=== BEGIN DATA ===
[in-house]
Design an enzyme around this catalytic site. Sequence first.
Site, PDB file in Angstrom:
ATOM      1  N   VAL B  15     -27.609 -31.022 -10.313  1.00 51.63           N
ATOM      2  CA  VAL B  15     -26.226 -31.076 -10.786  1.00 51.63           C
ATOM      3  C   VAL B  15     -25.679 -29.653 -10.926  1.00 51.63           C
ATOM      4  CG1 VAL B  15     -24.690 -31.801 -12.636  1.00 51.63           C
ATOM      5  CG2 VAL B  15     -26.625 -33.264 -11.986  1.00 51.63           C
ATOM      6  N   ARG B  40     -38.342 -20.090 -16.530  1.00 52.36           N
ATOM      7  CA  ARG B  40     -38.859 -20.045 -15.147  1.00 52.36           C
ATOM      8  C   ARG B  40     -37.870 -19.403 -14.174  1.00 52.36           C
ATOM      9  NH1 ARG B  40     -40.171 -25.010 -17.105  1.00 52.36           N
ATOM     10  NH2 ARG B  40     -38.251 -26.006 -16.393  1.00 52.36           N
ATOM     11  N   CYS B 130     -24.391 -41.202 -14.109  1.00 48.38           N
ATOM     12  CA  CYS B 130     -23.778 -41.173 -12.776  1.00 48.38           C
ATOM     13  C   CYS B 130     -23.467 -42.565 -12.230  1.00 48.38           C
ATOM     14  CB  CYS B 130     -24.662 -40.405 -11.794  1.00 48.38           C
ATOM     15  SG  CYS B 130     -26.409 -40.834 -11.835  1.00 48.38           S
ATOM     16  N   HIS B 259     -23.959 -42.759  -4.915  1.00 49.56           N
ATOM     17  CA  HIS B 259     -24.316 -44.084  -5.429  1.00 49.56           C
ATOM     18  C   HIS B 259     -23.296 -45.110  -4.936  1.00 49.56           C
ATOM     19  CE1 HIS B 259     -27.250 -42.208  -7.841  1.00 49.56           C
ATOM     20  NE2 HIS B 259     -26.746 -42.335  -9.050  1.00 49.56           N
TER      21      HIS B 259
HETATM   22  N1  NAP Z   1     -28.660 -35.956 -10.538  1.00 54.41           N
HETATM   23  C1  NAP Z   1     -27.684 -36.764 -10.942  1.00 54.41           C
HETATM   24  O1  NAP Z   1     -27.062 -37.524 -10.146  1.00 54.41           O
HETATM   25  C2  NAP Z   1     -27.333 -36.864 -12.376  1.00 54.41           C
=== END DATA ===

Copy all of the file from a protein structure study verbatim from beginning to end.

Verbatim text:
[in-house]
Design an enzyme around this catalytic site. Sequence first.
Site, PDB file in Angstrom:
ATOM      1  N   VAL B  15     -27.609 -31.022 -10.313  1.00 51.63           N
ATOM      2  CA  VAL B  15     -26.226 -31.076 -10.786  1.00 51.63           C
ATOM      3  C   VAL B  15     -25.679 -29.653 -10.926  1.00 51.63           C
ATOM      4  CG1 VAL B  15     -24.690 -31.801 -12.636  1.00 51.63           C
ATOM      5  CG2 VAL B  15     -26.625 -33.264 -11.986  1.00 51.63           C
ATOM      6  N   ARG B  40     -38.342 -20.090 -16.530  1.00 52.36           N
ATOM      7  CA  ARG B  40     -38.859 -20.045 -15.147  1.00 52.36           C
ATOM      8  C   ARG B  40     -37.870 -19.403 -14.174  1.00 52.36           C
ATOM      9  NH1 ARG B  40     -40.171 -25.010 -17.105  1.00 52.36           N
ATOM     10  NH2 ARG B  40     -38.251 -26.006 -16.393  1.00 52.36           N
ATOM     11  N   CYS B 130     -24.391 -41.202 -14.109  1.00 48.38           N
ATOM     12  CA  CYS B 130     -23.778 -41.173 -12.776  1.00 48.38           C
ATOM     13  C   CYS B 130     -23.467 -42.565 -12.230  1.00 48.38           C
ATOM     14  CB  CYS B 130     -24.662 -40.405 -11.794  1.00 48.38           C
ATOM     15  SG  CYS B 130     -26.409 -40.834 -11.835  1.00 48.38           S
ATOM     16  N   HIS B 259     -23.959 -42.759  -4.915  1.00 49.56           N
ATOM     17  CA  HIS B 259     -24.316 -44.084  -5.429  1.00 49.56           C
ATOM     18  C   HIS B 259     -23.296 -45.110  -4.936  1.00 49.56           C
ATOM     19  CE1 HIS B 259     -27.250 -42.208  -7.841  1.00 49.56           C
ATOM     20  NE2 HIS B 259     -26.746 -42.335  -9.050  1.00 49.56           N
TER      21      HIS B 259
HETATM   22  N1  NAP Z   1     -28.660 -35.956 -10.538  1.00 54.41           N
HETATM   23  C1  NAP Z   1     -27.684 -36.764 -10.942  1.00 54.41           C
HETATM   24  O1  NAP Z   1     -27.062 -37.524 -10.146  1.00 54.41           O
HETATM   25  C2  NAP Z   1     -27.333 -36.864 -12.376  1.00 54.41           C